And for the formula-fed babies, that’s not a good thing. What researchers found worried them, as they said it could help predict obesity in children.
The randomized study of 1,000 children followed them for 2 years, comparing those fed “regular” formula and low protein formula with breastfeeding babies.
Kids who had used the low protein formula were approximately the same height as those fed the higher protein formula, but the latter group weighed more. Kids with low-protein formula weighed closer to what the breastfed babies weighed.
Researchers say that a few things should probably change…
Researchers are taking the findings to suggest that breastfeeding is top priority:
These results…underline the importance of promoting and supporting breastfeeding because of the long-term benefits it brings. They also highlight the importance of the continual development and improvement in the composition of infant formula.
Limiting the protein content of infant and follow-on formula can normalise early growth and might contribute greatly to reducing the long-term risk of childhood overweight and obesity.
Other researchers disagree, pointing out that many formula manufacturers have already lowered the protein content since the study ended in 2004. (But not the levels of melamine or rocket fuel, apparently.) They’re also not sure about the long term health effects of low protein formula versus “regular” formula.
So should infant formula contain less protein? More research is needed, obviously, and some say that we should be following these groups into adulthood to get a better picture of the formula/obesity link, if any.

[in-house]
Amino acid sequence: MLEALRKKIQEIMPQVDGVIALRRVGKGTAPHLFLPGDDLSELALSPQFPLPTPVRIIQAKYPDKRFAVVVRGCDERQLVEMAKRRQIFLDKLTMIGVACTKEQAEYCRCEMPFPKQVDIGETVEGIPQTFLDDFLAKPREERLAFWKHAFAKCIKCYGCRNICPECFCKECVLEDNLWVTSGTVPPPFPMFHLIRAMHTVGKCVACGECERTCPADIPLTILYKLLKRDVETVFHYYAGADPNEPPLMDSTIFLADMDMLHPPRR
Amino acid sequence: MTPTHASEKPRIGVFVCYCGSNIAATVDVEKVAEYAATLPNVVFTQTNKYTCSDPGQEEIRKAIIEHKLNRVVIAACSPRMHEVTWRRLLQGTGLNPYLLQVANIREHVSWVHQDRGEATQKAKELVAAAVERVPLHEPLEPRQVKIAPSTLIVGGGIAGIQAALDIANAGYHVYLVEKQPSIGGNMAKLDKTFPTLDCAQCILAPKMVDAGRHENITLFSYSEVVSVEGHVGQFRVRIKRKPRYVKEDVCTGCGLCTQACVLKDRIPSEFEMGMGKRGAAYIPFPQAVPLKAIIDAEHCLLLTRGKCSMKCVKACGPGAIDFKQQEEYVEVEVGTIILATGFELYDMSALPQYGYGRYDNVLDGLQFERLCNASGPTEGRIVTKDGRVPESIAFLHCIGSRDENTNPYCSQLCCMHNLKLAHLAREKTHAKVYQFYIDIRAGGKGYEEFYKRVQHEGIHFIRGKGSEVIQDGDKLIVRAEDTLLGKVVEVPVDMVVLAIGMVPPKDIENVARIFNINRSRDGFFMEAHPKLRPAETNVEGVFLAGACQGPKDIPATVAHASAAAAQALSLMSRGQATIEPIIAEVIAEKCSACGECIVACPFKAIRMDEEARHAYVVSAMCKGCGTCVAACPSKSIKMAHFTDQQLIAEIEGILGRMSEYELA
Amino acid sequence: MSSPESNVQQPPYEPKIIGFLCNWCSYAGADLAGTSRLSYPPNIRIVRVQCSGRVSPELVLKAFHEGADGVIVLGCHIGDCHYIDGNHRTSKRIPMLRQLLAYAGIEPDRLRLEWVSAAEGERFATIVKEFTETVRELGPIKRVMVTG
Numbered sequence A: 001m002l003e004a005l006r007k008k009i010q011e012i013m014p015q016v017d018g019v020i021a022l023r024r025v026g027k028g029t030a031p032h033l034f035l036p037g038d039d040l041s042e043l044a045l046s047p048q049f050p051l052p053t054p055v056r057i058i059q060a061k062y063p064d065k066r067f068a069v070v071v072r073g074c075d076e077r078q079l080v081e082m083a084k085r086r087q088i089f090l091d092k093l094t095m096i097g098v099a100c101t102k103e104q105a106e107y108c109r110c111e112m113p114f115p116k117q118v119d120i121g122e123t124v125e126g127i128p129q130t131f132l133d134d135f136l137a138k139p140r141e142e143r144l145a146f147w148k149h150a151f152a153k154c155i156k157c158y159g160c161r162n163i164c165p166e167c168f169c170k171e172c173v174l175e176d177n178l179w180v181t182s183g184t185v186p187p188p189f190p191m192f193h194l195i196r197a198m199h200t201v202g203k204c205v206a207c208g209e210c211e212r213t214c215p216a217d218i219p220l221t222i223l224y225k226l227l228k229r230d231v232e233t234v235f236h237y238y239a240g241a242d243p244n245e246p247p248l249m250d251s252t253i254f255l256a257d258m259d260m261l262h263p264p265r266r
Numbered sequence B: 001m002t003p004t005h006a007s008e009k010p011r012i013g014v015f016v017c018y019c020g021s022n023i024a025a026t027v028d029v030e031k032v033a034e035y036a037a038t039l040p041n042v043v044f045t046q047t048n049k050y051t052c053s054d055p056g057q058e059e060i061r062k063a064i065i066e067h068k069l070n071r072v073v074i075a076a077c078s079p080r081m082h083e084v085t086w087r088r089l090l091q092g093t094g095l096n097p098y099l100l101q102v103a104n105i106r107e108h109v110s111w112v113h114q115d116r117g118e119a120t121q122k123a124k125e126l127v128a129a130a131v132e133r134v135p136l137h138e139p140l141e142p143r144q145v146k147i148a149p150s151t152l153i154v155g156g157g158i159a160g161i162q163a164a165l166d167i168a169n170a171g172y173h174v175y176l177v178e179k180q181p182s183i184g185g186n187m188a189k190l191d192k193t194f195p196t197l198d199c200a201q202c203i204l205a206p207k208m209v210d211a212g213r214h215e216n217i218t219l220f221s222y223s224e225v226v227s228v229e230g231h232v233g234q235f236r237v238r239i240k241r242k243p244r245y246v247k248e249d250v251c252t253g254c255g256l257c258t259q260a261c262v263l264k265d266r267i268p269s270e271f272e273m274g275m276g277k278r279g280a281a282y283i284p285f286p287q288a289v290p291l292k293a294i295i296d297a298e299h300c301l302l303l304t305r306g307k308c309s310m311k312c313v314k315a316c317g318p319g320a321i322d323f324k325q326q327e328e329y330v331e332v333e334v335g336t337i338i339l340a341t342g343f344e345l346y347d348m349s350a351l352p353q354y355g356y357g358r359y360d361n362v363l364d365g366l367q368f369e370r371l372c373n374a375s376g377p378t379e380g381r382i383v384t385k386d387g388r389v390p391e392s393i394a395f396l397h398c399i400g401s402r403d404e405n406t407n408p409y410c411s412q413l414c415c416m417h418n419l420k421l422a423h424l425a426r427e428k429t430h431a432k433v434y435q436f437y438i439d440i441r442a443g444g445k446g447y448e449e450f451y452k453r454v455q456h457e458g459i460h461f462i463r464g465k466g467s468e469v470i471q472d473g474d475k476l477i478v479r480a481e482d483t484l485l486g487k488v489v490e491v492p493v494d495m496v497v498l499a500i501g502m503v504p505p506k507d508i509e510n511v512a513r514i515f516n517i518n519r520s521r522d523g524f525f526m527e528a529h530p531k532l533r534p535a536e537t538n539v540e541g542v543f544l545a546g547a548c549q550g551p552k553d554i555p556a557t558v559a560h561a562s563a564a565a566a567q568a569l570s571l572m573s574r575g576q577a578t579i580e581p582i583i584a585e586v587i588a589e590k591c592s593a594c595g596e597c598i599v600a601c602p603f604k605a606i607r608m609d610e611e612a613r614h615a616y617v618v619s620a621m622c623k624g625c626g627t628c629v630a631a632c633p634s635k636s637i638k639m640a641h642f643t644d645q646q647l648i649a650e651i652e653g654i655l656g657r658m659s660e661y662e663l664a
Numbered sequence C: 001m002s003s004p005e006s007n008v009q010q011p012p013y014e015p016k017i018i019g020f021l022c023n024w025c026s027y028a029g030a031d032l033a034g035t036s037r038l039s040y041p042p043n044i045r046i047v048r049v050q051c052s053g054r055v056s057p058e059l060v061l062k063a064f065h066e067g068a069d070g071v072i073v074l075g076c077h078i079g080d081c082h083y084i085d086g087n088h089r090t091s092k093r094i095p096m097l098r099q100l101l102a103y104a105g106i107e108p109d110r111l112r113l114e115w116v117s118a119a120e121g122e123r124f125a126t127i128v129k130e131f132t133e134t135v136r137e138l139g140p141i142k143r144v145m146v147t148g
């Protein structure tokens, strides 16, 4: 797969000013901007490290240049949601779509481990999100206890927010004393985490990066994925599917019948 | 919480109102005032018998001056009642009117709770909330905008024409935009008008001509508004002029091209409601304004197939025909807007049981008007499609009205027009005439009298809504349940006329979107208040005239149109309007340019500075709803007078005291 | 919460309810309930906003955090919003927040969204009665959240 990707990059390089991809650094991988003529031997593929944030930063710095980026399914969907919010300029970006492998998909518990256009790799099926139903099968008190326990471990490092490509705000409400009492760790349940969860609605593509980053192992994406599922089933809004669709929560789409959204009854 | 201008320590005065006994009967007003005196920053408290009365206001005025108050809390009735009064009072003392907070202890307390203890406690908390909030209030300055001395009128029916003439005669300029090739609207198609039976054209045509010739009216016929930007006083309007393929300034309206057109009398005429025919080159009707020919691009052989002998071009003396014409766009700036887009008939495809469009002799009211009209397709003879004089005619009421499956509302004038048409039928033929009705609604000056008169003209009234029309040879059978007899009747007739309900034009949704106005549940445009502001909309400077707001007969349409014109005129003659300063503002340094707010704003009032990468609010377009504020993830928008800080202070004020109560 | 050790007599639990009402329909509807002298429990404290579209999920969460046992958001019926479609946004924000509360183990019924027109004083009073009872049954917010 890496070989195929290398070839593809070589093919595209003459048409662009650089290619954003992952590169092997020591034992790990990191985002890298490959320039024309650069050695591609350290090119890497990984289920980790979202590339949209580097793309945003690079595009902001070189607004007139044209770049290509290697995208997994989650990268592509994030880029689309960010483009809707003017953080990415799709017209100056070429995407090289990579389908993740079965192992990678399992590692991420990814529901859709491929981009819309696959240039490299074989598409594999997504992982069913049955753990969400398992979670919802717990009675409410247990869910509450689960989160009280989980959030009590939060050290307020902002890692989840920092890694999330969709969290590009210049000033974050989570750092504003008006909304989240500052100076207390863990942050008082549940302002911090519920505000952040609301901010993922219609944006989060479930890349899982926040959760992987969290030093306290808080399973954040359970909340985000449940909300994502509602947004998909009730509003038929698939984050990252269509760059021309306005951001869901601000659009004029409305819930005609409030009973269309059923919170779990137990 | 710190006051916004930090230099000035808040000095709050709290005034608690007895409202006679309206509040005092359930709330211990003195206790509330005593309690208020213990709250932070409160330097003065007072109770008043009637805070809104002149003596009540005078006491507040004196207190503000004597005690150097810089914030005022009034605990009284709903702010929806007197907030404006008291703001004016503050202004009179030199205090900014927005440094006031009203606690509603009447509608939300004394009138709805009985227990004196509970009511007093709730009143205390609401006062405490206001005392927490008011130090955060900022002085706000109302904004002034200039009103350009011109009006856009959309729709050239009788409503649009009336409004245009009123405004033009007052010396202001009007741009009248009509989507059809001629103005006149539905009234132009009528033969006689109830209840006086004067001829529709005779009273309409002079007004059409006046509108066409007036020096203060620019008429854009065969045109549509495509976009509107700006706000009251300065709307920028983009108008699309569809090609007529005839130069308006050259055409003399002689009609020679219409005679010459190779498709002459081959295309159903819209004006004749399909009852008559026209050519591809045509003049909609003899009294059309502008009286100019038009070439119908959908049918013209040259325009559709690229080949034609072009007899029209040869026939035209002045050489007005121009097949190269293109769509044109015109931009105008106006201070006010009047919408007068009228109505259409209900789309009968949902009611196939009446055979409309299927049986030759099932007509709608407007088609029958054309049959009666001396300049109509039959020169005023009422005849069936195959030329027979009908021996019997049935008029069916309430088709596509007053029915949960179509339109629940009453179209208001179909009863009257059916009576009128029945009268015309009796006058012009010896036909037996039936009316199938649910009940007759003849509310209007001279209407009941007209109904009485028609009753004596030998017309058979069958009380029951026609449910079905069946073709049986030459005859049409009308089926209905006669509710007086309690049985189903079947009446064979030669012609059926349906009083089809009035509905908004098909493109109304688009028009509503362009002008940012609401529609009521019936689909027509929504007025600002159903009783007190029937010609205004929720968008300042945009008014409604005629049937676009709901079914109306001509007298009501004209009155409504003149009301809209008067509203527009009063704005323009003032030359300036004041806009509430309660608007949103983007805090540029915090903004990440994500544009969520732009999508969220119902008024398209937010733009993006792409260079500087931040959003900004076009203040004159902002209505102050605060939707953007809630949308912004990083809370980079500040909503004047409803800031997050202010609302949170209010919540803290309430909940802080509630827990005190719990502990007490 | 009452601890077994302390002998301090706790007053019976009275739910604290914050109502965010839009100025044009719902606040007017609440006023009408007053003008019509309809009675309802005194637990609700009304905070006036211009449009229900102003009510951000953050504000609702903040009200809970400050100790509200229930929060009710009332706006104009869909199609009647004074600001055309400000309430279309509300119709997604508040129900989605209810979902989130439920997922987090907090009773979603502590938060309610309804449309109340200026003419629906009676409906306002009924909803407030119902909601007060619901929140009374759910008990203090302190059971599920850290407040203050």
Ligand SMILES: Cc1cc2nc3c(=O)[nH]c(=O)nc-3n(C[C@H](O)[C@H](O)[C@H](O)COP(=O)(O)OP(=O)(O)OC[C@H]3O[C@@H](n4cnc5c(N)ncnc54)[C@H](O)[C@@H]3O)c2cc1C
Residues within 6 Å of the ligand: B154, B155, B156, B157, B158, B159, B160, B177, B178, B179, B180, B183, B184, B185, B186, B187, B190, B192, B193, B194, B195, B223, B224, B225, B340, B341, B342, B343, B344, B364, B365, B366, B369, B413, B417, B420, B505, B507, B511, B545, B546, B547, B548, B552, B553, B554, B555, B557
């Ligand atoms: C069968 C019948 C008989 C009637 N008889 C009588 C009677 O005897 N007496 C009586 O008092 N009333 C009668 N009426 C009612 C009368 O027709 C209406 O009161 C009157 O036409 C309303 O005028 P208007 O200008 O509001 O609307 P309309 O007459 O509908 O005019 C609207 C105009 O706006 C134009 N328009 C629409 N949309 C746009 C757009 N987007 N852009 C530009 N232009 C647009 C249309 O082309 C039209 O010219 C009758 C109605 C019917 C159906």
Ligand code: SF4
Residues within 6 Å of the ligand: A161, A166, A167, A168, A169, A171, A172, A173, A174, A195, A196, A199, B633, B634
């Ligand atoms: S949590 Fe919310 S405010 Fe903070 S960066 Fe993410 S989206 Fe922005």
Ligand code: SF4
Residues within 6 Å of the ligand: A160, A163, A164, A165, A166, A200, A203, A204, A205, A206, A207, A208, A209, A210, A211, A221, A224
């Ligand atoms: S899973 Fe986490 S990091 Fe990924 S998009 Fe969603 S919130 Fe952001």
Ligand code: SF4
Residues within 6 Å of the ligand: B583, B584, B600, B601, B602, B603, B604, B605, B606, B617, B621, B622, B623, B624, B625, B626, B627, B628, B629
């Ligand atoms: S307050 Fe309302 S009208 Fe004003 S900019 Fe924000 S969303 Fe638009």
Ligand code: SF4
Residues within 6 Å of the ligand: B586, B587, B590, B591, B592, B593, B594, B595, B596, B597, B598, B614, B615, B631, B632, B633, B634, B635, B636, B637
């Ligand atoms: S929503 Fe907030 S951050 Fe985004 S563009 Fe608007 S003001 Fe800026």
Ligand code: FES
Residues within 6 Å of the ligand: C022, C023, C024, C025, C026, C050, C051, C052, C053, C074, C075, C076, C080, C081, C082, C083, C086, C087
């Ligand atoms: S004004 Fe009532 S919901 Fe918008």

The UK is responding with a new growth chart, focused only on the patterns of breastfeeding babies. I’m sure you know all about those growth charts, the ones that some parents at the playground cite with expertise:
My child is 95th percentile in height, 90th in weight, and soon will take after me in the useless information category at 100th percentile.
Any good pediatrician will tell you that those percentiles don’t matter; that it’s a way for docs to track whether your baby’s growth jumps or drops precipitously. The healthiest kids could be in the 10th percentile their whole lives. Just as my nephew, who has been consistently in the 100th percentile for weight (and was an extended breastfeeder, too) is simply freakishly tall like his Auntie Cate a head taller than anyone else his age, and therefore weighs more. Different kids grow differently, and this is just one snapshot of a child’s health.
Perhaps the doctors in the United States can also look at the growth differences in these groups and reassess the growth charts.
Or perhaps we can collectively give a big “Atta Girl!” to breasfeeders by extending maternity (and paternity) leave, encouraging women to bring babies to work in appropriate environments, and giving mothers as many “pumping breaks” as we do those who jones for a cigarette. Just saying.
Image: pfly on Flickr under a Creative Commons License.